Again, every instructor is different. They don’t always possess all these characteristics, either. However, the quality of the instructors can be a crucial part of choosing the right place to obtain your degree.
Tip #5: A School with the Tools
There are many different types of aircraft, simulators, and other tools to help students seeking a degree in aeronautics be better prepared for their future. Seek out a school with industry-relevant equipment that can give you the best chance of getting through the program successfully.
If flying in any form is part of your career goal, having flight simulators is something to look for at the school you are considering. As part of your training, simulators can provide cost-effective and course-specific flight training all year long, regardless of weather conditions.
For those students who are geared towards maintenance, having the ability to physically work on aircraft can be incredibly helpful. It can bring the pages of books and instruction manuals to life. A school with hangar space dedicated to its maintenance program checks the box for having all the right learning tools.
Choosing a school with various aircraft can also benefit both types of aviation programs. This allows future pilots to experience flying different types of planes, like single-engine or multi-engine, while also allowing mechanics to get hands-on experience working on various aircraft types.
Tip #6: Ask About Financial Aid
Deciding on a degree in aeronautics is one thing – paying for that degree is another. The good news is that there are many ways to cover your education and training costs. Many students turn to financial aid available to those who qualify.
When choosing the right school, consider one that offers access to federal financial aid. Some schools, like California Aeronautical University, may offer step-by-step guidance throughout the financial aid process.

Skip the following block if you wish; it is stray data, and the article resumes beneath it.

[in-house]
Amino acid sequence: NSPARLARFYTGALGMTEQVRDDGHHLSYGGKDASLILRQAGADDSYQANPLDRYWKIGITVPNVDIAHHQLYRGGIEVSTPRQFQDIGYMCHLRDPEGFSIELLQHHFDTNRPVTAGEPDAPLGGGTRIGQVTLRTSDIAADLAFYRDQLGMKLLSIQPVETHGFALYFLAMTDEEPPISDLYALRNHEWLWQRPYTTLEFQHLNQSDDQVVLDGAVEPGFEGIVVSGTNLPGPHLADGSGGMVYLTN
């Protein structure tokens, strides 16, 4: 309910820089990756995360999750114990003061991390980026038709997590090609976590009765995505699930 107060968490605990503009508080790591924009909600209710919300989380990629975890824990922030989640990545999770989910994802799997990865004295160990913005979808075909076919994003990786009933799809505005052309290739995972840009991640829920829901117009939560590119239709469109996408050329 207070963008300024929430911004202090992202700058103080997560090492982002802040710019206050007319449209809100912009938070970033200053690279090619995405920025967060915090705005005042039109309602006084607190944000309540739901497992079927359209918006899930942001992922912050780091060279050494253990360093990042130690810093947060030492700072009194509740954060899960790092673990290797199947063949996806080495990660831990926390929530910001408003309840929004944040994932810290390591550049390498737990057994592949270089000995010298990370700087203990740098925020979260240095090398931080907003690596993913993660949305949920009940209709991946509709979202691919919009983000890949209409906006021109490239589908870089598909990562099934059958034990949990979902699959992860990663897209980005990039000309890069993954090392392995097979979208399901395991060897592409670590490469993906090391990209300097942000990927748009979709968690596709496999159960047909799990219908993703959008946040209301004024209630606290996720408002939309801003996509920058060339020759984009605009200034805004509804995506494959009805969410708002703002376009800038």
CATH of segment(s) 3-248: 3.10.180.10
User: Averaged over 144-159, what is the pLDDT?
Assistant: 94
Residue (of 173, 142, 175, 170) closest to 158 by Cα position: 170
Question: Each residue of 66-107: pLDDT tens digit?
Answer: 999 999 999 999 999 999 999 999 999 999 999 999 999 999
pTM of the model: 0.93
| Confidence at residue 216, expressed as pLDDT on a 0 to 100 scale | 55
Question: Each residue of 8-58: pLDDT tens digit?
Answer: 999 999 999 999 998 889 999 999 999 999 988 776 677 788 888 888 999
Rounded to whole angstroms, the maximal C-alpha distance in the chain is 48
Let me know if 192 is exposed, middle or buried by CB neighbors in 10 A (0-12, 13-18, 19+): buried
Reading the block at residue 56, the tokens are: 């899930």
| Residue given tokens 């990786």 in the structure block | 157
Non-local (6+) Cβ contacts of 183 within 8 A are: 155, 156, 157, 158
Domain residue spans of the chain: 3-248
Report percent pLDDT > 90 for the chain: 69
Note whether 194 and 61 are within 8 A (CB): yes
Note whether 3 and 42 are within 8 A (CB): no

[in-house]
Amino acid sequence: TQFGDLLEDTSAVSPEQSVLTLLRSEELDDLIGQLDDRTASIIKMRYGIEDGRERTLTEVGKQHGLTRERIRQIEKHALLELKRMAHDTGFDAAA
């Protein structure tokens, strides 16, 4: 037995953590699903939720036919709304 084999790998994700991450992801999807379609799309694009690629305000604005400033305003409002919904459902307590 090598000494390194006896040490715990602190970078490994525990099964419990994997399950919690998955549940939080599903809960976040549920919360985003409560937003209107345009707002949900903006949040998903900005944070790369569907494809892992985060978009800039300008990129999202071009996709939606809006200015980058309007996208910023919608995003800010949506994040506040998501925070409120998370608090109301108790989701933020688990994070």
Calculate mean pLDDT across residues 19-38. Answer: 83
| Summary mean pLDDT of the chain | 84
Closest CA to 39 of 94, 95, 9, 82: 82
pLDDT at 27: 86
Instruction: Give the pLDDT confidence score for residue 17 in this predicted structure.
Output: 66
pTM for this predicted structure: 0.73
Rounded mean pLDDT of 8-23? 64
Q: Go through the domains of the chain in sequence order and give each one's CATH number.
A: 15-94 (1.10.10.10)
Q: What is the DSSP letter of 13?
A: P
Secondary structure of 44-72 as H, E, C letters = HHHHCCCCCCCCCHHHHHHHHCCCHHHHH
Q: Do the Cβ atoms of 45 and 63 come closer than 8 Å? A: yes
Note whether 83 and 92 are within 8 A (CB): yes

Remember that just because a school may offer access to financial aid does not mean that every student receives it. Each student will have a unique financial situation and may qualify for different types of funding when paying for their education.
Get Your Degree in Aeronautics
Whether you prefer to be high in the sky or have your feet firmly planted on the ground, a degree in aeronautics can present you with many career pathways. Being self-motivated to learn will help you continue growing throughout your career.
Have realistic expectations as you seek the best university to gain your education. Then, gather up your passion and follow these tips. Who knows – you could be taking a step into your future. Where will you go?
Mr. Matthew A. Johnston has over 23 years of experience serving various roles in education and is currently serving as the President of California Aeronautical University. He maintains memberships and is a supporting participant with several aviation promoting and advocacy associations including University Aviation Association (UAA), Regional Airline Association (RAA), AOPA, NBAA, and EAA with the Young Eagles program. He is proud of his collaboration with airlines, aviation businesses and individual aviation professionals who are working with him to develop California Aeronautical University as a leader in educating aviation professionals.